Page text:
AsiagoCowNutty and slightly tangy with a crumbly texture, similar to parmesan, but creamierItaly~110 kcalIn pasta, risotto, and as a table cheese
Colby JackCowMild, creamy, and slightly tangyUnited States~100 kcalSnacking and sandwiches, or melted in nachos
GruyèreCowNutty and creamySwitzerland~120 kcalFondue and sandwiches; pairs well with lighter-body Pinot Noir
MimoletteCowSharp and fruityFrance~100 kcalAs a snack and grated over dishes
Humboldt FogGoatCreamy, with a stronger flavor than Monetery Jack.United States~90 kcalCheese plates and salads,or served with crusty bread
PinconningCowMild and butteryUnited States~110 kcalSliced on crackers, used in sandwiches, or enjoyed as a snack.
Cougar GoldCowCreamy, smooth, and cheddar-likeUSA (Washington)~120 kcalSpread on crackers and used in cooking
KefalogravieraSheep or GoatSweet and nuttyGreece~110 kcalGrilled, fried, or in Mediterranean dishes
Pule Cheese (regarded as the world’s most expensive cheese)DonkeyMild and crumbly with a unique flavorSerbiaNot availableTraditionally eaten on its own or with bread
KasseriSheep or GoatButtery and tangyGreece~100 kcalGrilled, fried, or in casseroles
IdiazabalSheepSmoky with a nutty flavorSpain~120 kcalEaten on its own ow added to traditional Spanish dishes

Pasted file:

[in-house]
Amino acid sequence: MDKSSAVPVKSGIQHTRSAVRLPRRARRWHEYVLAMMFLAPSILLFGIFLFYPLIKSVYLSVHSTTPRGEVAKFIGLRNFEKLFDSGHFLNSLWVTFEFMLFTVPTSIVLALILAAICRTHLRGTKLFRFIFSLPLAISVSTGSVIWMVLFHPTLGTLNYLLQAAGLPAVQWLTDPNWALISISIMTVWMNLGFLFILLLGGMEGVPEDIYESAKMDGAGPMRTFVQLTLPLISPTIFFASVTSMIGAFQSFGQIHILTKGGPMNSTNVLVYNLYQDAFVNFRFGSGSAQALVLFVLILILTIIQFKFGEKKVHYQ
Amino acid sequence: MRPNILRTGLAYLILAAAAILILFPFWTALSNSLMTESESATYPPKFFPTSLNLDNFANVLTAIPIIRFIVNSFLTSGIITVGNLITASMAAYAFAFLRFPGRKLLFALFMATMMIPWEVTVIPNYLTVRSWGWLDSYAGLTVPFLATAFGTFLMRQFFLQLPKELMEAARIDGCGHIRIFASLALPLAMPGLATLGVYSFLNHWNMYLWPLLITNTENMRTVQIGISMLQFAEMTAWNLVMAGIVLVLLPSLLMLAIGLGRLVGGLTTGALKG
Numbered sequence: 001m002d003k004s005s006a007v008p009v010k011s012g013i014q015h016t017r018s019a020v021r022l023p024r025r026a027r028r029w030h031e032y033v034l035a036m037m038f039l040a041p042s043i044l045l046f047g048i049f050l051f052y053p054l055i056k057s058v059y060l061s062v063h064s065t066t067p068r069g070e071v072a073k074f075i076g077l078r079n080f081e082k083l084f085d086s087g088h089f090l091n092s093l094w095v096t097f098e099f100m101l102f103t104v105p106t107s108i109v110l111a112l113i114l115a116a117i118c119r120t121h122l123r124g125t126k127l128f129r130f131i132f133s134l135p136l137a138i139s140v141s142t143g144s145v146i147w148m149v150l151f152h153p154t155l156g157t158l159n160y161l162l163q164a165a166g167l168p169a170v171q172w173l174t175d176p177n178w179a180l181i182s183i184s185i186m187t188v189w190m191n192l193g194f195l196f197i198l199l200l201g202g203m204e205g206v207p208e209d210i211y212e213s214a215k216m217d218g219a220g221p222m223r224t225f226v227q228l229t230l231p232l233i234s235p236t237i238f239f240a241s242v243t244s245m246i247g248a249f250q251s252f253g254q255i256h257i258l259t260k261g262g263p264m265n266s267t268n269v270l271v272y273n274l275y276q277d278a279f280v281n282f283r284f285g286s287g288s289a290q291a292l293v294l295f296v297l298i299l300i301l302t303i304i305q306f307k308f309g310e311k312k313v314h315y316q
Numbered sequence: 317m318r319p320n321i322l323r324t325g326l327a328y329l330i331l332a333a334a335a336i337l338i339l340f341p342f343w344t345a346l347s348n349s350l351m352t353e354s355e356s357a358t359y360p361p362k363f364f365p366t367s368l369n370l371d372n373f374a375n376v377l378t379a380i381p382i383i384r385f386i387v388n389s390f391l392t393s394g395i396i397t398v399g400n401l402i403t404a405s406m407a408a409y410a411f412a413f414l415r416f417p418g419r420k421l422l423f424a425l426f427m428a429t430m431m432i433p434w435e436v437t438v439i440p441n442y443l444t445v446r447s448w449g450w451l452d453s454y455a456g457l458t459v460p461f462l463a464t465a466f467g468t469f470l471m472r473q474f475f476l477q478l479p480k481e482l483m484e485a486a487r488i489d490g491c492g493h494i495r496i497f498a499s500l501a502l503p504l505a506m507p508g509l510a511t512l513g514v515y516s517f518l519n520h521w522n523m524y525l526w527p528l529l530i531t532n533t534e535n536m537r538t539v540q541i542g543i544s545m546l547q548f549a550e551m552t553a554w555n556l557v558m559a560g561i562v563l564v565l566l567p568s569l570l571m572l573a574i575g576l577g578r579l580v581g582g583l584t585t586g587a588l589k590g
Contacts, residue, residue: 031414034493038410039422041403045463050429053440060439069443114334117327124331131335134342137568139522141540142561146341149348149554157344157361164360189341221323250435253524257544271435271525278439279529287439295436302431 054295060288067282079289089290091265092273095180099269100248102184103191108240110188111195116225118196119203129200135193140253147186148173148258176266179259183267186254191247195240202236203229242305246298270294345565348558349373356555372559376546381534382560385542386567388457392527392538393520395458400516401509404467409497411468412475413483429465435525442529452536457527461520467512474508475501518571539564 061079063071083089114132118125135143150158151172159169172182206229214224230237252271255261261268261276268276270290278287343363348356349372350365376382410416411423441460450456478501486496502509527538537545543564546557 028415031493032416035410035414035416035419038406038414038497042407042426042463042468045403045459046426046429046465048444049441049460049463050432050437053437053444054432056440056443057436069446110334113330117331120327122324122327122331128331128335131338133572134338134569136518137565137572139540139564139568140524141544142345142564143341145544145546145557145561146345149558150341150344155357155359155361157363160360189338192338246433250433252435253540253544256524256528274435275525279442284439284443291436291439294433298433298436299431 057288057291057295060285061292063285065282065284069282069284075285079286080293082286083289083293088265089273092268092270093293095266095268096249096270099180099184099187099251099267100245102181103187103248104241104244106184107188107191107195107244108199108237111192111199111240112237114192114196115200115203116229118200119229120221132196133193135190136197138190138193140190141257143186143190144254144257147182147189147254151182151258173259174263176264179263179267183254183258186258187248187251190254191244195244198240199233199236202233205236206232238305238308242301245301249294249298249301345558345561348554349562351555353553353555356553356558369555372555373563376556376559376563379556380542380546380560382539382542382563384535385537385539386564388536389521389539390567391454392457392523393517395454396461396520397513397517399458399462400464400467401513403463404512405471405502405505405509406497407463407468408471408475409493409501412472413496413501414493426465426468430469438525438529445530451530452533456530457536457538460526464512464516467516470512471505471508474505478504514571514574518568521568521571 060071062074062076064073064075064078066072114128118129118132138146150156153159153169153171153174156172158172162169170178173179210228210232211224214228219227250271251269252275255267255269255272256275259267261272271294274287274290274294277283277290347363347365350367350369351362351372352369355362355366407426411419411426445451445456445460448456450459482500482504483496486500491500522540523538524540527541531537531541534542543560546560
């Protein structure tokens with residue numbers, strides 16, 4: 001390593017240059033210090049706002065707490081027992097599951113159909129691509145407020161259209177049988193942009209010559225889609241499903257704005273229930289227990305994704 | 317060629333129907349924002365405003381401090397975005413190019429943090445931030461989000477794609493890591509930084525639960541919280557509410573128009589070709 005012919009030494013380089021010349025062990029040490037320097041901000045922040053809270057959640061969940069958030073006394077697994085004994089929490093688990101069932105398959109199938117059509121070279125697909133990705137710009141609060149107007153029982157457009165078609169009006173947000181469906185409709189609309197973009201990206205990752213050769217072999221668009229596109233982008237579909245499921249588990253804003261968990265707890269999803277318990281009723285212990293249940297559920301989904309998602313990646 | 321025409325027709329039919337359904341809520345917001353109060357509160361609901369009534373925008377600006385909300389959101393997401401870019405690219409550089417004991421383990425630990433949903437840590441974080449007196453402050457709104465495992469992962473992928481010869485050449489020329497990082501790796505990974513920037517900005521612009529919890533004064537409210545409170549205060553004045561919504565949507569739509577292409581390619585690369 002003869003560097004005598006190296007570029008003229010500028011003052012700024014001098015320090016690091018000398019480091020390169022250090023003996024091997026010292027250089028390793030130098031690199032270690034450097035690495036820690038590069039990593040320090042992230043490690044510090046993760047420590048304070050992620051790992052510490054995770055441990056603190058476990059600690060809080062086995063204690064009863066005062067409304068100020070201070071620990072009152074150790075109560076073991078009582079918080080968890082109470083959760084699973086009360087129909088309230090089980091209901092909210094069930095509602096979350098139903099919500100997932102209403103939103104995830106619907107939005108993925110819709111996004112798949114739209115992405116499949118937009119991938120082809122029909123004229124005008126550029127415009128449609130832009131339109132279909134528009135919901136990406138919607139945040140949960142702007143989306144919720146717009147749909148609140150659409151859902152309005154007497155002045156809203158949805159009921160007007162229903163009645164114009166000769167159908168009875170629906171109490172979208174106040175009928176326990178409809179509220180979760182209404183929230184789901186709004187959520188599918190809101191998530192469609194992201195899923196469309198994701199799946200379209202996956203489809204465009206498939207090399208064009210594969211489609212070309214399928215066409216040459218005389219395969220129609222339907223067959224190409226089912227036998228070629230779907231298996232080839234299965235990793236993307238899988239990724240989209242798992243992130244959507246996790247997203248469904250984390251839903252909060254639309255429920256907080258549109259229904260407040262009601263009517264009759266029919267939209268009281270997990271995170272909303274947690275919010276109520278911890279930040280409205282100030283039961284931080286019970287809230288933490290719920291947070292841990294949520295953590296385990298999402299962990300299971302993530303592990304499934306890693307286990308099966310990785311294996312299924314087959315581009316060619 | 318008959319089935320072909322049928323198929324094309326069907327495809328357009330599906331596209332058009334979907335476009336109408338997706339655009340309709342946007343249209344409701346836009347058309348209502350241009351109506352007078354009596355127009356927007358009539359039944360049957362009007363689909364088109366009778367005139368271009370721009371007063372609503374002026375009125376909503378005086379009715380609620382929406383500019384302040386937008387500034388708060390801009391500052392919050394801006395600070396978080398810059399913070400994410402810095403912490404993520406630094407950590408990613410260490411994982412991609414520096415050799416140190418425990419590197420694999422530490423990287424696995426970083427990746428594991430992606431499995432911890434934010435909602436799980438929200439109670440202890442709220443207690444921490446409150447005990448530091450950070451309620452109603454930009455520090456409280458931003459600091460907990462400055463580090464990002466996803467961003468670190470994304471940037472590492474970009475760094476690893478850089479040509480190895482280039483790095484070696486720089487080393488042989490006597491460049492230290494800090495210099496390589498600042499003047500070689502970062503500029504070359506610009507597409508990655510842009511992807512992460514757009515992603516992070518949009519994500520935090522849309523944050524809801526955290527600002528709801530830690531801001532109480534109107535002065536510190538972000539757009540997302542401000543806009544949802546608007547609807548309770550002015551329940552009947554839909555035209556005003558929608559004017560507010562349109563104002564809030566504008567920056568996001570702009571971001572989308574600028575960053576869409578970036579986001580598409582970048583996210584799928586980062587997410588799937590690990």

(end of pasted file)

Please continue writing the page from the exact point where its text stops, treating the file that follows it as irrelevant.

KefalotyriSheep or GoatSharp and saltyGreece~100 kcalGrated over pasta, salads, or fries
Tête de MoineCowNutty with a complex flavorSwitzerland~110 kcalShaved or scraped into fries before serving
CheshireCowCrumbly, tangy, and moistEngland~110 kcalEaten on its own or in sandwiches
OscypekSheepSmoky and saltyPoland~100 kcalGrilled or pan-fried
Red LeicesterCowNutty, mellow, and smoothEngland~120 kcalMelted in dishes or eaten on its own
GravieraSheep or GoatSweet and nuttyGreece~120 kcalGrated over pastas, salads, and added to pies
AppenzellerCowSpicy with herbal notes Switzerland~110 kcalMaking cheese sauces and fondue, or eaten with bread
MahónCowSharp and fruitySpain~90 kcalEaten on its own or in salads
BeemsterCowRich and creamyNetherlands~100 kcalAs a snack and in sandwiches, also grated over dishes
CaerphillyCowCrumbly, tangy, and moistWales~100 kcalSandwiches, salads, and on cheeseboards
LancashireCowCreamy, tangy, and crumblyEngland~90 kcalEaten on its own or in sandwiches
LeydenCowSpiced with cumin and caraway seedsNetherlands~100 kcalEaten on its own or in sandwiches
Lincolnshire PoacherCowNutty and complexEngland~115 kcalEaten on its own or in sandwiches
Russian CheeseCowSlightly tangy with a grainy textureRussia~100 kcalEaten on its own or in sandwiches